When New York Times restaurant critic Pete Wells eviscerated celebrity chef Guy Fieri’s new restaurant near Times Square
, it didn’t seem to hurt business. In fact, although critics were generally unkind across the board, Guy’s American Kitchen and Bar has been hopping.
As a Bloomberg Businessweek
article confirmed on Monday, if anything, Wells’ review in particular seems to be drawing more customers to the restaurant. And not because customers necessarily want to know if the restaurant is any good. Diners from around New York City are flocking there because it’s supposed to be bad.
Fieri, best known for his “Diners, Drive-Ins and Dives” show on Food Network, is no stranger to the restaurant business. He must be thrilled by the irony of it.
“Seventy percent of people who visit Times Square are from outside the tri-state area, according to neighborhood group Times Square Alliance. Tourists overwhelmingly populate the neighborhood’s hundreds of franchise restaurants — places most locals avoid like an overly commercialized, mass-marketed plague,” says the Bloomberg piece. “But surprisingly, they’ve been testing Fieri’s greasy restaurant to see just how bad it is.”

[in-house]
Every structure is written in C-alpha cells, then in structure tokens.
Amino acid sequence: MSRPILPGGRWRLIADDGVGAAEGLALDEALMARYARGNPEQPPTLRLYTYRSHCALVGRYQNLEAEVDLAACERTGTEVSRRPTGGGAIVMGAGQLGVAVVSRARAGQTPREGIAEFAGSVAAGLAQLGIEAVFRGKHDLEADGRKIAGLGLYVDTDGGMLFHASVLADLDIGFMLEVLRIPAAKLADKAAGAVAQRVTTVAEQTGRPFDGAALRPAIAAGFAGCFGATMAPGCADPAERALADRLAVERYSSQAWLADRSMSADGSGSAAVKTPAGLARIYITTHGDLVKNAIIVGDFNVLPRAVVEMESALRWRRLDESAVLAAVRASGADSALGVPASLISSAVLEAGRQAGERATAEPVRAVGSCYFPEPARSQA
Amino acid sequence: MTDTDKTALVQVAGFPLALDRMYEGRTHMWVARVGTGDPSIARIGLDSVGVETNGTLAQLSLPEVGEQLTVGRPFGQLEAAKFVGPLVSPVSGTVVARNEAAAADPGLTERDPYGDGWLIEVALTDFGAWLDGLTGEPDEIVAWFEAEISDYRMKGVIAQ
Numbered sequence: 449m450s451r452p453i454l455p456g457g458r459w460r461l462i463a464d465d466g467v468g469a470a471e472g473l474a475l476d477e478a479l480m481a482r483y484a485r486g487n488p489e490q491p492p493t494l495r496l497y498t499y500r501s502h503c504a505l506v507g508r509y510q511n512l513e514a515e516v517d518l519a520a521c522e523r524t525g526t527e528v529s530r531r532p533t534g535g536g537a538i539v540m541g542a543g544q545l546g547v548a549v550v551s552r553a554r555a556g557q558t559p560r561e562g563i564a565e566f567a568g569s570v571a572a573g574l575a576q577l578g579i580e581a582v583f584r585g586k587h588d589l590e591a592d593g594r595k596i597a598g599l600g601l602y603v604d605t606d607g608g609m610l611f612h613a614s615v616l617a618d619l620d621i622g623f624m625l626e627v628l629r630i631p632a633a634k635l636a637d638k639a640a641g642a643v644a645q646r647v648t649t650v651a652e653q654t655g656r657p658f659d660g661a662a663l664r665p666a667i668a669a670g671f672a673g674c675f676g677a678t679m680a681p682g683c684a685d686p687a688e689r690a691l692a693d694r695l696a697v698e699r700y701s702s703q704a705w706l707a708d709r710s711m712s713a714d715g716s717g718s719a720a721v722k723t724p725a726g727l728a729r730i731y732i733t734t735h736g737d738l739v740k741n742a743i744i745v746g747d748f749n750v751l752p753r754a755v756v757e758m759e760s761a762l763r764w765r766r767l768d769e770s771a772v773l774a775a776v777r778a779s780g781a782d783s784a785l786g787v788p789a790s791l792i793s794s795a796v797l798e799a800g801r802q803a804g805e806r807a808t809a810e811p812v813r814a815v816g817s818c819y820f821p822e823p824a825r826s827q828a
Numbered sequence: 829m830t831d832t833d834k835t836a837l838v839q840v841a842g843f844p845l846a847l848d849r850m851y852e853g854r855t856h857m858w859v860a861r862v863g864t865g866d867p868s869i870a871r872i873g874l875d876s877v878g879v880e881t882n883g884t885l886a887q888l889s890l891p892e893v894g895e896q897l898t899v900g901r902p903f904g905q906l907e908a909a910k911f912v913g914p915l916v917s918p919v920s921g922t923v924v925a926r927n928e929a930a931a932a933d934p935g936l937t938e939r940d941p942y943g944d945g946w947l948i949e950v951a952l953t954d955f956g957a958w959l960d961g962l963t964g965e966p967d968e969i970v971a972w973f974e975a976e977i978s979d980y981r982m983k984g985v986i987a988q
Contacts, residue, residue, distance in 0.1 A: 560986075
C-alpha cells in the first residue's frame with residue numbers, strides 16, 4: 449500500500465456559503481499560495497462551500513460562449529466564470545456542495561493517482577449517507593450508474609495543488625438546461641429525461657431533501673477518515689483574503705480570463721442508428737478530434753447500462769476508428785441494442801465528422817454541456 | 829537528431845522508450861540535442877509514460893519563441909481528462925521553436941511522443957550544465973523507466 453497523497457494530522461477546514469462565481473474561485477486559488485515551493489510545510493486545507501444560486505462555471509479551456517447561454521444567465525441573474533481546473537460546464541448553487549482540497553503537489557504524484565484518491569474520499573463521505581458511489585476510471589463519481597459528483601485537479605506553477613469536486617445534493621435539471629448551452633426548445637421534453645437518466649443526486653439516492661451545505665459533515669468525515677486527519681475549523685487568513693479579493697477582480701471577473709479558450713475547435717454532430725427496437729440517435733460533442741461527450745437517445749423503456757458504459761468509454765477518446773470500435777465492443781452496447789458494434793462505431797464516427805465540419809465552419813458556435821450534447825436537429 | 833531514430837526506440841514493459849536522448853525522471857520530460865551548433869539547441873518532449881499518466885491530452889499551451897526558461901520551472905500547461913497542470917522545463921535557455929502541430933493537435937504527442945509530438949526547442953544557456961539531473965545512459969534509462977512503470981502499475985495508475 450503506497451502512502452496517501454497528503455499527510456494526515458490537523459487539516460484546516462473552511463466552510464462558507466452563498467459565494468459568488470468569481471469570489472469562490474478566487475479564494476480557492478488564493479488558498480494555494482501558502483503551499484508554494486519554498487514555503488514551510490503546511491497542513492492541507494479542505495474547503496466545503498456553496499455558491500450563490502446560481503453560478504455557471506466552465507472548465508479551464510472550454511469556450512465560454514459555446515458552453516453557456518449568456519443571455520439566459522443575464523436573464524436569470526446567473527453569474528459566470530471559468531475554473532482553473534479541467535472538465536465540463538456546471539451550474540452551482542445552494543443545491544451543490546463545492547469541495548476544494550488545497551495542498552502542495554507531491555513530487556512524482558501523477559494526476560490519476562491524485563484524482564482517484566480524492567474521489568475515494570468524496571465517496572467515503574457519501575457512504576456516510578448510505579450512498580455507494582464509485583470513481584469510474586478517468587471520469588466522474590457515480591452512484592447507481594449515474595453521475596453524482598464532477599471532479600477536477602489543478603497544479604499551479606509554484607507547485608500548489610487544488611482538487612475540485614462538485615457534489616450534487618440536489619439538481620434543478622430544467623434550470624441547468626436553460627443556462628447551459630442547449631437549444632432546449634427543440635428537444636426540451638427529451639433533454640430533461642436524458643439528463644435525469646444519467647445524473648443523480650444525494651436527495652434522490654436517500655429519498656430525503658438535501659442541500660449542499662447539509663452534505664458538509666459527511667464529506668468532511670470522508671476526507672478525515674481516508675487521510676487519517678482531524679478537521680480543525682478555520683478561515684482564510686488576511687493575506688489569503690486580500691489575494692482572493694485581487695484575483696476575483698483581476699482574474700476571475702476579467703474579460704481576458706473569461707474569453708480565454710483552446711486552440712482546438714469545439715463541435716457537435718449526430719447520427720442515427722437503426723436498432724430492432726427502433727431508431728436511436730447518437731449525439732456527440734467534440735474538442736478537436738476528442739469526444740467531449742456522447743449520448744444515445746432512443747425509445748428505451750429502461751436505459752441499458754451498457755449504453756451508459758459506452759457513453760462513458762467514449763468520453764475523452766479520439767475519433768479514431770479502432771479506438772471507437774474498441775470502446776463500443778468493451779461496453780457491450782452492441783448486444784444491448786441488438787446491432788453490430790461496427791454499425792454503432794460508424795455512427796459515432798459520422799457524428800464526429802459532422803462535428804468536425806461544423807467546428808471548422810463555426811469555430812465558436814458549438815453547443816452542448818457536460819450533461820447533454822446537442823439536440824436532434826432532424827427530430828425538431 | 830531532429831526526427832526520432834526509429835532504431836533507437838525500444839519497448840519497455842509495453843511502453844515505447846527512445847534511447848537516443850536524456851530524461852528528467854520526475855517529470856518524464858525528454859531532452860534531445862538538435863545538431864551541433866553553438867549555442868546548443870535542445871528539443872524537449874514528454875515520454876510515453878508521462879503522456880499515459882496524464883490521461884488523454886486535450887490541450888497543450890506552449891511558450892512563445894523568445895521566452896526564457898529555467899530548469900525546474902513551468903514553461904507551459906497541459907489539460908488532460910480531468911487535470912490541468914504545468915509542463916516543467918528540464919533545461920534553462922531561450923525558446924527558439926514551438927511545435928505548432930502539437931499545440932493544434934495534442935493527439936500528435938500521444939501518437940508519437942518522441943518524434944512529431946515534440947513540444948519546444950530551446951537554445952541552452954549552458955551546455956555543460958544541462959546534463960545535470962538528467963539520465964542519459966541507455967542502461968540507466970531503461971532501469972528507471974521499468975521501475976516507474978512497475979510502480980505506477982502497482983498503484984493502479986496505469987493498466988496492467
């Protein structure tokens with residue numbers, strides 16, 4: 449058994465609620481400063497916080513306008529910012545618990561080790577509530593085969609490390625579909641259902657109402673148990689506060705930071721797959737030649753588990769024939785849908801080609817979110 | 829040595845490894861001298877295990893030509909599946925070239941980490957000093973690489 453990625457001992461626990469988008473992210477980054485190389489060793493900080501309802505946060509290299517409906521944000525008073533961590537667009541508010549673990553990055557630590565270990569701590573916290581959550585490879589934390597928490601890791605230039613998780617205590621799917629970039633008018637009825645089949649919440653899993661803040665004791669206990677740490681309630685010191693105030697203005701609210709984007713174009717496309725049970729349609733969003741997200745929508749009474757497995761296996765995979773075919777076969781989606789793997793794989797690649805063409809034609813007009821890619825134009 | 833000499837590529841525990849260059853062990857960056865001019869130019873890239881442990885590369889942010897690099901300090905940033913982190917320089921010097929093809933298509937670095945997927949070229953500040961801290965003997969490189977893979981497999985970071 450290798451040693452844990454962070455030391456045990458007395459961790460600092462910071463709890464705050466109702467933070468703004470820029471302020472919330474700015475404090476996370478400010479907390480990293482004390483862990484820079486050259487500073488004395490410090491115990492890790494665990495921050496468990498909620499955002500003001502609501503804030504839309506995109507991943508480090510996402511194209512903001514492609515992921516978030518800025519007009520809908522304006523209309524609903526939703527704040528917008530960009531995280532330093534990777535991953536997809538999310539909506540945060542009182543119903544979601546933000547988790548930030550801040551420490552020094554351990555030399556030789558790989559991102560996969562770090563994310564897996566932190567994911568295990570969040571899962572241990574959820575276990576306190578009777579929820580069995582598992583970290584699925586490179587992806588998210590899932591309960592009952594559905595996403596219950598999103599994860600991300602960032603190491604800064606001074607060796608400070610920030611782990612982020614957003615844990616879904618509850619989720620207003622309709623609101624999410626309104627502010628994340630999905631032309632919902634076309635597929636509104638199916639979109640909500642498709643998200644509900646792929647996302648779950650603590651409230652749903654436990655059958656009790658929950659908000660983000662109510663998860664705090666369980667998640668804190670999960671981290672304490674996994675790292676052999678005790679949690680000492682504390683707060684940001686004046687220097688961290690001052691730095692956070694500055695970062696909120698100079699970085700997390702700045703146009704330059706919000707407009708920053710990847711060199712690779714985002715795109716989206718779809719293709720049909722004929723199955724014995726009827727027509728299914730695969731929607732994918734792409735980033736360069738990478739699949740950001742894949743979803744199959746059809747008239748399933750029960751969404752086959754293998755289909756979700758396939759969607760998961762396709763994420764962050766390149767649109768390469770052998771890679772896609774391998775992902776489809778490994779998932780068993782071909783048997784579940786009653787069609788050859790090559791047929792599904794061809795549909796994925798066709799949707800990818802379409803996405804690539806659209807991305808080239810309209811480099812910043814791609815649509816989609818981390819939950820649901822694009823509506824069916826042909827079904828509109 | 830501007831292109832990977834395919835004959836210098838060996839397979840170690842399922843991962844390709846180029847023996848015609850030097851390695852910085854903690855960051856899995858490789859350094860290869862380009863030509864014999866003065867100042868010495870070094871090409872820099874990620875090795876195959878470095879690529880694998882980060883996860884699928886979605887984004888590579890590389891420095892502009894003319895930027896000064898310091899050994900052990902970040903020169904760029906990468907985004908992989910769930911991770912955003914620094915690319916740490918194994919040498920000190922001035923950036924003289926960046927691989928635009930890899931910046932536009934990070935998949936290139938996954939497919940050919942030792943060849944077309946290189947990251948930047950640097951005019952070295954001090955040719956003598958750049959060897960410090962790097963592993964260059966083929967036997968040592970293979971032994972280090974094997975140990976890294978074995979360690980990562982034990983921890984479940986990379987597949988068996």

The headline of the Businessweek piece, particularly the “Ironic Dining” part, points to the maddening, self-reflexive trend of doing things because they are funny, or because they are not supposed to be fun.
Is this real? Am I supposed to like this? Do I like this because I’m not supposed to like it? Where is the moral center to guide us to proper evaluations of the things in our lives?
Examples of ironic behavior outside of dining at Fieri’s restaurant include knitting or learning the trombone, according to a New York Times guide called “How to Live Without Irony.”
at The Atlantic Wire came up with a comprehensive (probably ironic?) guide to eating ironically. Some of her key points include having preconceived opinions, making sure to consider a “costume,” and never surrendering to deliciousness.
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